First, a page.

Like many companies that support native applications on mobile devices, we always struggled with getting enough of our users to upgrade to the latest version in a timely manner. Last year, Apple helped alleviate this problem by introducing auto-update to applications. In the first few days after the update, there was an inevitable spike in upgrades, followed by a linear-like rate. A little more than a week after its release, over 58 percent of our user base is now updated to the latest version of the app, which is a much faster adoption rate than we had for previous versions.


There are several reasons, however, why this number isn’t higher: some users have auto-update turned off, haven’t used pMD since the app updated, are prevented from updating the app due to not yet having iOS 7+, or are simply afraid of change. So even though the problem of legacy app support is improving, it is by no means solved. There really won’t be a silver bullet other than customer education and building updates that persuade the most skeptical hold outs that an update is worth while.
What do you think of when you hear the term “health care”?

There are so many facets to this term that each person’s answer could be vastly different given their personal experience and involvement in health care. So much goes into health care that it has evolved to become an extensive web of intricate nuances and complexities, and that web continues to grow every day.

This map, which illustrates the many different elements of health care from a CIO’s perspective, shows just how complex it is. The Mobile Health section in blue lists out much of what we write about, like hospital mobility, mobile apps, electronic visits, and communication, in the charge capture blog. Other sections are just as relevant with Consumer Health (electronic messaging), Interoperability (application integration), and Payment Reforms (ICD-10 and HIPAA).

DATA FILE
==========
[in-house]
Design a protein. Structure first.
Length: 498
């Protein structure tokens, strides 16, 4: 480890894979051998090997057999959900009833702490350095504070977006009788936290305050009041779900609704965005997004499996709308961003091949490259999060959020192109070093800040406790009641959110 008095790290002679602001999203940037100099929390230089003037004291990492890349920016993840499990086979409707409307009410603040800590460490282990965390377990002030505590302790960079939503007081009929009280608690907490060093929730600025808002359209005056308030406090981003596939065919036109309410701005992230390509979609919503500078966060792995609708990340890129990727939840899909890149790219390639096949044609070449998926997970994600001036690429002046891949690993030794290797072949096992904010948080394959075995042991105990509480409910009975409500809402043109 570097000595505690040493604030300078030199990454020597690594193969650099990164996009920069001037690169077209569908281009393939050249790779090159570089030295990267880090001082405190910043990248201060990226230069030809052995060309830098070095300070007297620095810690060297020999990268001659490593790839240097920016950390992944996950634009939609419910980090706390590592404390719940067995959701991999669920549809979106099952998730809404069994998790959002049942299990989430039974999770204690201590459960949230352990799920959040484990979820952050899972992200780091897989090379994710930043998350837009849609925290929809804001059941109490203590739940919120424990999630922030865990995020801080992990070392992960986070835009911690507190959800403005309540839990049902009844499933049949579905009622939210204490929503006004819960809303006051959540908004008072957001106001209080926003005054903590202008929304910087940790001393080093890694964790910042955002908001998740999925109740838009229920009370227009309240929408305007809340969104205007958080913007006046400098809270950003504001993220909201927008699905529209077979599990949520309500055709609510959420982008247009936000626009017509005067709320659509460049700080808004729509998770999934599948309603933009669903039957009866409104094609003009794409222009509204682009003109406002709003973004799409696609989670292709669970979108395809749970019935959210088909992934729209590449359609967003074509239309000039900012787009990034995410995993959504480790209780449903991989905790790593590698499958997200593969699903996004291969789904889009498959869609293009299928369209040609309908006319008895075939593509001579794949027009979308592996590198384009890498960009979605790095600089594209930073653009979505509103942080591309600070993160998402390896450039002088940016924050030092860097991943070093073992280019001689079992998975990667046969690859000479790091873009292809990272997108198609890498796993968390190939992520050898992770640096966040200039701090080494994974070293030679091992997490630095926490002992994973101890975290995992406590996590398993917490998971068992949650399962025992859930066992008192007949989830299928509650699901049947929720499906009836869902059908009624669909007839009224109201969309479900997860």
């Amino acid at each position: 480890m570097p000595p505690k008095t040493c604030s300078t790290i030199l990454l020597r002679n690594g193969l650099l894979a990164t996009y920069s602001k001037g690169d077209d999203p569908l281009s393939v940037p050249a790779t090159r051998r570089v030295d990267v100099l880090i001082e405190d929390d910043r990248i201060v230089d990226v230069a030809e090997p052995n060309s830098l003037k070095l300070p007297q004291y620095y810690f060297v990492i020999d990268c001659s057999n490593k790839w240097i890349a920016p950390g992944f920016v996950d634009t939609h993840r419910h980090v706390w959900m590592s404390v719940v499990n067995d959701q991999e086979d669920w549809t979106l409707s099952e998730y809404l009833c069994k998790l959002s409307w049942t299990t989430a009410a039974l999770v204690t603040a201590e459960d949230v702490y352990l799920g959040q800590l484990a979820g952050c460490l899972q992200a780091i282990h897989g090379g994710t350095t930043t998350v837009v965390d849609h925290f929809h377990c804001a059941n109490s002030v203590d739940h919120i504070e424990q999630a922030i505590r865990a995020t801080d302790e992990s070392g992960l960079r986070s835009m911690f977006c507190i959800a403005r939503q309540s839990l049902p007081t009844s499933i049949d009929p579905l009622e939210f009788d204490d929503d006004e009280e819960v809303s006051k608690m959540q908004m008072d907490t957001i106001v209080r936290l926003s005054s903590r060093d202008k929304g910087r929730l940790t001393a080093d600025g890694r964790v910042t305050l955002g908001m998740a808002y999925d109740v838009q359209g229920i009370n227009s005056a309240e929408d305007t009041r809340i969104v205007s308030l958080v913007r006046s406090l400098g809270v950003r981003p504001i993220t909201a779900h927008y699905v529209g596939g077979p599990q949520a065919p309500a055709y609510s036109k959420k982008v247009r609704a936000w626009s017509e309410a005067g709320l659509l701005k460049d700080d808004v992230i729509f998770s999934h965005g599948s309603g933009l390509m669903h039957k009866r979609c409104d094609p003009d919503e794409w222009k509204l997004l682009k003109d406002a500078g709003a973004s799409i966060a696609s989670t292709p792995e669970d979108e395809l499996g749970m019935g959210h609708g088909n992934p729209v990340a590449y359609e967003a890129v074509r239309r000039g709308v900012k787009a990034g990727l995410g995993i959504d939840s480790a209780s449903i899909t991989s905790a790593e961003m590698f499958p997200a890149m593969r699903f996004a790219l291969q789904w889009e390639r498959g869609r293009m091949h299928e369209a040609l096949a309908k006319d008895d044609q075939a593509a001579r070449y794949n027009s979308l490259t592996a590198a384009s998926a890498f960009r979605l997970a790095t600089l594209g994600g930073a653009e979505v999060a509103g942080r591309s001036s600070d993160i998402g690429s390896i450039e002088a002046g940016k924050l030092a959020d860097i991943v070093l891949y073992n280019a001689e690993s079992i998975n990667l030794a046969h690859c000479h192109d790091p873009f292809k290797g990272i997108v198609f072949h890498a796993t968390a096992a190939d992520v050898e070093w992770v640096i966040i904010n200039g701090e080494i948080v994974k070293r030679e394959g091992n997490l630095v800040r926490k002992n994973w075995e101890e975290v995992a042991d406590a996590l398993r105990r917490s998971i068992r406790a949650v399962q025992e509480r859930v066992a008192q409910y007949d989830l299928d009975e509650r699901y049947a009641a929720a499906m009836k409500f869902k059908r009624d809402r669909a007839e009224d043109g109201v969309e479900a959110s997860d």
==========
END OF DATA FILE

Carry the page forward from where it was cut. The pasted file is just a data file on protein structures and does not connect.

Source: CitiusTech
Apple's new iOS 7, released in fall of 2013, presented a fantastic opportunity for us to draw upon the operating system's great new features. Our iOS 7 users are now able to enjoy an unprecedented product update, offering a fresh look and enhanced functionality.

We wanted to give you a glimpse into some of the exciting new features of this product update. pMD for iOS 7 includes both fresh design updates and added functionality, as well as more subtle but equally significant product enhancements. Here is a before and after of what’s changed, highlighting some of the elements we feel are integral to the product update:

New Look


The initial, most striking change from previous versions of pMD is the overall redesign of the application. The user interface has been transformed to reveal a cleaner, lighter look and feel to match Apple's new iOS 7 style. We wanted the software to be as beautiful as it is functional!
You may also notice that certain features on the Census, like the search bar and filter, have been relocated to create a more intuitive user experience when navigating the app. The icons along the bottom now read more like a legend and less like a “what does that symbol do?” guessing game.





Drafts


Another exciting feature in this update is in the Drafts. We have reorganized the way patient visits are presented in pMD for improved accessibility to current and past visit information. Doctors will now be able to refer to their Drafts to view a history of the patient visits they have created and can keep track of their visit activity in a chronological manner. What we used to dub the visit “bucket” is now more like an organized virtual visit file cabinet.

Appointments


The Appointments feature, where doctors can track and create visits for their outpatient appointments and scheduled procedures, now has a sophisticated new look and enhanced functionality for easier navigation. The new calendar bar at the top allows you to skip around to different dates so you can arrive at the desired appointment more quickly, reducing repetitive scrolling.





pMD for iOS 7 contains incredible new developments and enhancements, only some of which are presented here. iOS 7 is supported on the iPhone 5, 5S, 5C, and iPad 2 and iPad Mini, as well as more recent versions, so be sure to get the newest versions of the these devices to take advantage of this update.